एक्टा साइकोपैथोलॉजिका खुला एक्सेस


From “What” to “How”: The Effort to Fill the Gaps in Understanding Cognitive Processes Underpinning Remission in Schizophrenia

Thais Rabanea-Souza

Introduction: The accumulation of robust evidence culminated in the establishment of the cognitive deficits as a core symptom of Schizophrenia (SCZ). To date, there has been reliable evidence that cognitive deficits are associated with poor symptomatic outcomes in SCZ. Nevertheless, they have not been incorporated in definitions of remission and a systematic understanding of how cognition contributes to remission is still lacking. Although the standardized remission in SCZ criteria proposed in 2005 has encouraged studies to understand the role of cognitive function in symptomatic remission from SCZ, most investigations were cross-sectional and have studied samples of chronically ill patients. The purpose of the present study was to bring together the efforts of recent follow-up studies in early in earlier stages of the disease to fill the gap in the literature on understanding how cognitive impairment is related to remission.

Methods: A comprehensive search of the PsycINFO and MEDLINE/PUBMED databases was conducted.

Results: One study evaluated executive functioning in Early-Onset Schizophrenia (EOS) across stages of illness and suggested that executive impairment is present at the onset of SCZ and persists in attenuated but stable form after the resolution of psychotic symptoms. Studies in first-episode schizophrenia (FES) patients highlighted that despite verbal memory performance is strongly related to clinical remission in FES spectrum, it appears to have not a meaningful contribution to functional recovery. Longitudinal studies in SCZ patients suggested that executive function and higher premorbid Intelligence Quotient (IQ) were the best predictors of remission.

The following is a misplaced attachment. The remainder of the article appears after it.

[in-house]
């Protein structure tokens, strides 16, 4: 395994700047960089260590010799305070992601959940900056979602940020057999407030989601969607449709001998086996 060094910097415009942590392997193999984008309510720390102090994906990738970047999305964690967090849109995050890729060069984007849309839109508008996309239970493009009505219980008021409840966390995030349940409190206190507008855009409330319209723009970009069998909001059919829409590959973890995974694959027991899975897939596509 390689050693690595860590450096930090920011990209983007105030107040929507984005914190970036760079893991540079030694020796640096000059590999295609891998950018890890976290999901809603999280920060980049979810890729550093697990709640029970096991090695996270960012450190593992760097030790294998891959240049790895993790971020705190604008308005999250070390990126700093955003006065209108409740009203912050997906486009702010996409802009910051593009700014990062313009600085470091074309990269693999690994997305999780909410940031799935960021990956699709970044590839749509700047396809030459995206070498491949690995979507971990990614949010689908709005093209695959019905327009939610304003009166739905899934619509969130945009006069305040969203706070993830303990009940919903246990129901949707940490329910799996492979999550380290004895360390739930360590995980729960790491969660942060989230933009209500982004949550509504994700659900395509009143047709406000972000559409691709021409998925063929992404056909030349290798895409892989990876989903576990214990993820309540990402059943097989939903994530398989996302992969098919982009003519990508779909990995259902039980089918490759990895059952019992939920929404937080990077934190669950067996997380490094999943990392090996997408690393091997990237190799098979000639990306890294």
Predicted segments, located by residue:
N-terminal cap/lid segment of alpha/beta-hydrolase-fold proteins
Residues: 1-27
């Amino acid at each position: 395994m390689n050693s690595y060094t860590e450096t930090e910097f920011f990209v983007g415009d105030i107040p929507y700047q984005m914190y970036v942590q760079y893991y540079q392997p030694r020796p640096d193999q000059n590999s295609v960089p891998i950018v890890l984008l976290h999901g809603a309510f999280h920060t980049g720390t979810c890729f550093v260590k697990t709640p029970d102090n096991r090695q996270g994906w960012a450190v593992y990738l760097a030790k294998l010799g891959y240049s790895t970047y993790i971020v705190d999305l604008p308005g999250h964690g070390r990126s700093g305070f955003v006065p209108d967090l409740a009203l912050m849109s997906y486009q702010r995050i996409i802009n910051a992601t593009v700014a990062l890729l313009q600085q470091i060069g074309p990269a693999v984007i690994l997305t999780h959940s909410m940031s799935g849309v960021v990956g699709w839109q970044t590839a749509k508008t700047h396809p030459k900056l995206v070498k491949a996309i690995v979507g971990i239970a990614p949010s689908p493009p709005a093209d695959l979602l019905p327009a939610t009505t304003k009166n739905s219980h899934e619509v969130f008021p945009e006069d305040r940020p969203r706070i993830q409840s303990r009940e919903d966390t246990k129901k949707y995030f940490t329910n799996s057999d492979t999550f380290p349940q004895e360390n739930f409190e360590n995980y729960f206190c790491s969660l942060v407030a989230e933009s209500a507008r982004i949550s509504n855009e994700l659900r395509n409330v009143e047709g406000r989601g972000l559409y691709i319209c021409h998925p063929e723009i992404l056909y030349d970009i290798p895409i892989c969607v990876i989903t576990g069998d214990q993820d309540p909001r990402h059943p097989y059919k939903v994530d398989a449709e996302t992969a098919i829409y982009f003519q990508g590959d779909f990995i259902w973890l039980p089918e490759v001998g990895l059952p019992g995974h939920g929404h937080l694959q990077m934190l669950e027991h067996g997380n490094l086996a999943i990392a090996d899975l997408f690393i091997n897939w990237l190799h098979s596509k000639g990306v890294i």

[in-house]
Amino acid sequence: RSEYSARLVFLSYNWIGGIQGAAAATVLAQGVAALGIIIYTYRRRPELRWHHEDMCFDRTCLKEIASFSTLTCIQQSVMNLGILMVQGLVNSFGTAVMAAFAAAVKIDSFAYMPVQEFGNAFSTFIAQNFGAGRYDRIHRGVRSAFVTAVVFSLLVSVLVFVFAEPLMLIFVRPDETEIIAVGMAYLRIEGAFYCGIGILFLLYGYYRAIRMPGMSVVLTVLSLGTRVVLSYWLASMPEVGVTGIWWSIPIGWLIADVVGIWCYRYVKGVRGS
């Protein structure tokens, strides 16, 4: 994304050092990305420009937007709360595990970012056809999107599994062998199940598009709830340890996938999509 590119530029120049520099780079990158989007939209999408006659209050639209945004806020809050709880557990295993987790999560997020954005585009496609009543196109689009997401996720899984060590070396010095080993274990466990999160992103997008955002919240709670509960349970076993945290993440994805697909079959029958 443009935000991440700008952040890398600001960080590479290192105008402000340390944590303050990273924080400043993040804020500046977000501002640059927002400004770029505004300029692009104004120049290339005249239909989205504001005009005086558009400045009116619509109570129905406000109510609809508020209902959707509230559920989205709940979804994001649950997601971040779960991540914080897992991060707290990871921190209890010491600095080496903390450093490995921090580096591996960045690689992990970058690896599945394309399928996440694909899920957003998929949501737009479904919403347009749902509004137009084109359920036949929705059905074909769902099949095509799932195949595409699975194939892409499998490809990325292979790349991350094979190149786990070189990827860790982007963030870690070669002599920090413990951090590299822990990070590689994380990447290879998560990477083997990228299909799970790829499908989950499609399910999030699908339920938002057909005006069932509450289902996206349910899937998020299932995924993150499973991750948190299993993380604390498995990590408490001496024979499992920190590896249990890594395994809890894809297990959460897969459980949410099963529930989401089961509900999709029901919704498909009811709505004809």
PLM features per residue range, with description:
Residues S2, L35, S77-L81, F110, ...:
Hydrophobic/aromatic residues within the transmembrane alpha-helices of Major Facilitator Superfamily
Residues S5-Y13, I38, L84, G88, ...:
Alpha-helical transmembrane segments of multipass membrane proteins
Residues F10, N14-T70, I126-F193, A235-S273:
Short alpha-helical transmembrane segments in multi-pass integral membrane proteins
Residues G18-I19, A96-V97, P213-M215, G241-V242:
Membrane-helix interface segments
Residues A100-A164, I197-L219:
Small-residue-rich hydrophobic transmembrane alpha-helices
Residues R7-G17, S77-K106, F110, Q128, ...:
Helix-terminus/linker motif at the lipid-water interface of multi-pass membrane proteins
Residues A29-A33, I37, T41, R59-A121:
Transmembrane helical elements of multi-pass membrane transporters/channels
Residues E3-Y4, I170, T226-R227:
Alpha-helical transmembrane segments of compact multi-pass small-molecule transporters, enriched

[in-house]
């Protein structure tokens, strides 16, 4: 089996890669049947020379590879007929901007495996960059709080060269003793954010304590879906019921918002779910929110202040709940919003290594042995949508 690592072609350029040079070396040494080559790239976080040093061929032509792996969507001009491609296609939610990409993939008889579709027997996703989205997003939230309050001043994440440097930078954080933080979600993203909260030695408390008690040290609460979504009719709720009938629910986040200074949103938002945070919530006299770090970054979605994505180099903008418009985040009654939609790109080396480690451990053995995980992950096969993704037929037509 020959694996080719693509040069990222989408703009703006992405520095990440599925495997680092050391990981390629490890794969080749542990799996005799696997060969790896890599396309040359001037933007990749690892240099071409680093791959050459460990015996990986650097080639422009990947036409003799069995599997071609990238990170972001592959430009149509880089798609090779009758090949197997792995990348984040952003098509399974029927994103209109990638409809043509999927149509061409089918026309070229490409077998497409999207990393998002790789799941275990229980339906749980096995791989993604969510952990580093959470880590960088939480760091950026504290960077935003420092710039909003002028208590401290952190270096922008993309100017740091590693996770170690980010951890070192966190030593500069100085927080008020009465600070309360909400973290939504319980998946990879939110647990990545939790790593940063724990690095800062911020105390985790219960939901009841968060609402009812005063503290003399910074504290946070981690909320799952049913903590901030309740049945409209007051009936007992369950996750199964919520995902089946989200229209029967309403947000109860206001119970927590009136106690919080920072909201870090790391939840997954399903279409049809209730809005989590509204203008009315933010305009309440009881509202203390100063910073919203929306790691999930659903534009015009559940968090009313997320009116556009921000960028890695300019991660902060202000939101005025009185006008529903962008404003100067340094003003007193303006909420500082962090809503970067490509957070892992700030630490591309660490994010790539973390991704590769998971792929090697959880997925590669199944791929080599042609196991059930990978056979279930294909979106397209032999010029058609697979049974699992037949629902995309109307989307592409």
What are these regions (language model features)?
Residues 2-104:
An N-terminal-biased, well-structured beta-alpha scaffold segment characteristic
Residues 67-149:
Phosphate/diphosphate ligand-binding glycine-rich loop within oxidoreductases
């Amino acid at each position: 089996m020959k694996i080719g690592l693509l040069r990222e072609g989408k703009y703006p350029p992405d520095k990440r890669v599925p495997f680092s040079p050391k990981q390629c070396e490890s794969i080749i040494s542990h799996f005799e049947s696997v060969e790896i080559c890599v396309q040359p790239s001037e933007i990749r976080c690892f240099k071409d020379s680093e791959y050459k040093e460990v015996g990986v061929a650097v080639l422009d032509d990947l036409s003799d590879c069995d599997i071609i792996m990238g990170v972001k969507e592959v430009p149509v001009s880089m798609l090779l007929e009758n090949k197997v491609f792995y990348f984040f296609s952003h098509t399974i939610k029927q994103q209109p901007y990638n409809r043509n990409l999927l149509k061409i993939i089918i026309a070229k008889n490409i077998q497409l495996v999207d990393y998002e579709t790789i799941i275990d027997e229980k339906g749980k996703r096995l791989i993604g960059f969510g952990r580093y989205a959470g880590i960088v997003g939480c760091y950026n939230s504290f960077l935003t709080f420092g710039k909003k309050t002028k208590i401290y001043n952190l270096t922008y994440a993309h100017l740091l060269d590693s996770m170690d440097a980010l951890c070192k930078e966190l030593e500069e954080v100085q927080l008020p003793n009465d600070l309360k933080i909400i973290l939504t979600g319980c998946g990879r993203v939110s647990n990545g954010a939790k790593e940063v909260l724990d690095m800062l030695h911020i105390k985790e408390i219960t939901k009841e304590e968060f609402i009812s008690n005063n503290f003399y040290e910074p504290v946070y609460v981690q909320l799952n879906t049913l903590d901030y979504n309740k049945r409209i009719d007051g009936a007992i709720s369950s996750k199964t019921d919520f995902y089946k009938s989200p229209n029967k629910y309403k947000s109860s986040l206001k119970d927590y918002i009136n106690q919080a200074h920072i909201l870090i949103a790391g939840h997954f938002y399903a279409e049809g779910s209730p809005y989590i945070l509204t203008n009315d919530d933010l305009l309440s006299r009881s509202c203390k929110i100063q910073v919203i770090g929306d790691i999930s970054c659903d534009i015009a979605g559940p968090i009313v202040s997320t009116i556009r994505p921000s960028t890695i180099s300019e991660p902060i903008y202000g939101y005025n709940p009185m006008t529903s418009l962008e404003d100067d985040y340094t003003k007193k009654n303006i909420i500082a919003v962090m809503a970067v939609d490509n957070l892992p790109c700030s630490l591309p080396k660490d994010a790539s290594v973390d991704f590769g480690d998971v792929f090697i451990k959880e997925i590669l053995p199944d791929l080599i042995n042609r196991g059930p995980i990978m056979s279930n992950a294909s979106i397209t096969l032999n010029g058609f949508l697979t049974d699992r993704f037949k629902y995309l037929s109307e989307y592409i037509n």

Conclusion: Since were emphasized the need to conduct longitudinal follow-up studies to assess the relation of cognitive performance to the proposed remission criteria, some efforts have been made to fill the gaps in understanding cognitive processes underpinning remission in schizophrenia. Notwithstanding the question regarding how aspects of symptomatic remission affect, and are affected by, aspects of cognitive function, remain not yet clarified, these long-term prospective studies addressing different domains of neurocognition in schizophrenia patients undergoing remission, mainly in early stages of illness, are being very enlightening to guide and encourage new researches.

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